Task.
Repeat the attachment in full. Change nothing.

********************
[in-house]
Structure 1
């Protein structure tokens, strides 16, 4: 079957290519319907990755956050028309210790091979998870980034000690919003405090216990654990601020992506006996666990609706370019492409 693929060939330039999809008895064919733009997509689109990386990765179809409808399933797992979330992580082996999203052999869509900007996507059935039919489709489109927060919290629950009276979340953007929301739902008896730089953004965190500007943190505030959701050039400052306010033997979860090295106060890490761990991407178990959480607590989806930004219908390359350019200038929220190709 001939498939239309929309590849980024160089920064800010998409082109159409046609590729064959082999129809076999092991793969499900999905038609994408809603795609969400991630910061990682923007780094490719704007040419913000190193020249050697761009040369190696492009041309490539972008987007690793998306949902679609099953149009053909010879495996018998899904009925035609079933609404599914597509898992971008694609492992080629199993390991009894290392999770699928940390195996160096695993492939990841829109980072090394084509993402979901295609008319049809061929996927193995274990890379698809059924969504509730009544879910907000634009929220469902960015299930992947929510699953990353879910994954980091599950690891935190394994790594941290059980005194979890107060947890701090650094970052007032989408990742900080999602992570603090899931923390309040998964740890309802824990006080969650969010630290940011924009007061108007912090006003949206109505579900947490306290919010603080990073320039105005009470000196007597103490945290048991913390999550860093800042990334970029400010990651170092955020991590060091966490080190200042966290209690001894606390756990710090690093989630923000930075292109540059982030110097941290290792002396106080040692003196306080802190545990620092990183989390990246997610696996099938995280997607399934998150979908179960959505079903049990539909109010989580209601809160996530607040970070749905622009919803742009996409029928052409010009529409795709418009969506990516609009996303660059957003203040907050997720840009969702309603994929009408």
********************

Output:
[in-house]
Structure 1
């Protein structure tokens, strides 16, 4: 079957290519319907990755956050028309210790091979998870980034000690919003405090216990654990601020992506006996666990609706370019492409 693929060939330039999809008895064919733009997509689109990386990765179809409808399933797992979330992580082996999203052999869509900007996507059935039919489709489109927060919290629950009276979340953007929301739902008896730089953004965190500007943190505030959701050039400052306010033997979860090295106060890490761990991407178990959480607590989806930004219908390359350019200038929220190709 001939498939239309929309590849980024160089920064800010998409082109159409046609590729064959082999129809076999092991793969499900999905038609994408809603795609969400991630910061990682923007780094490719704007040419913000190193020249050697761009040369190696492009041309490539972008987007690793998306949902679609099953149009053909010879495996018998899904009925035609079933609404599914597509898992971008694609492992080629199993390991009894290392999770699928940390195996160096695993492939990841829109980072090394084509993402979901295609008319049809061929996927193995274990890379698809059924969504509730009544879910907000634009929220469902960015299930992947929510699953990353879910994954980091599950690891935190394994790594941290059980005194979890107060947890701090650094970052007032989408990742900080999602992570603090899931923390309040998964740890309802824990006080969650969010630290940011924009007061108007912090006003949206109505579900947490306290919010603080990073320039105005009470000196007597103490945290048991913390999550860093800042990334970029400010990651170092955020991590060091966490080190200042966290209690001894606390756990710090690093989630923000930075292109540059982030110097941290290792002396106080040692003196306080802190545990620092990183989390990246997610696996099938995280997607399934998150979908179960959505079903049990539909109010989580209601809160996530607040970070749905622009919803742009996409029928052409010009529409795709418009969506990516609009996303660059957003203040907050997720840009969702309603994929009408």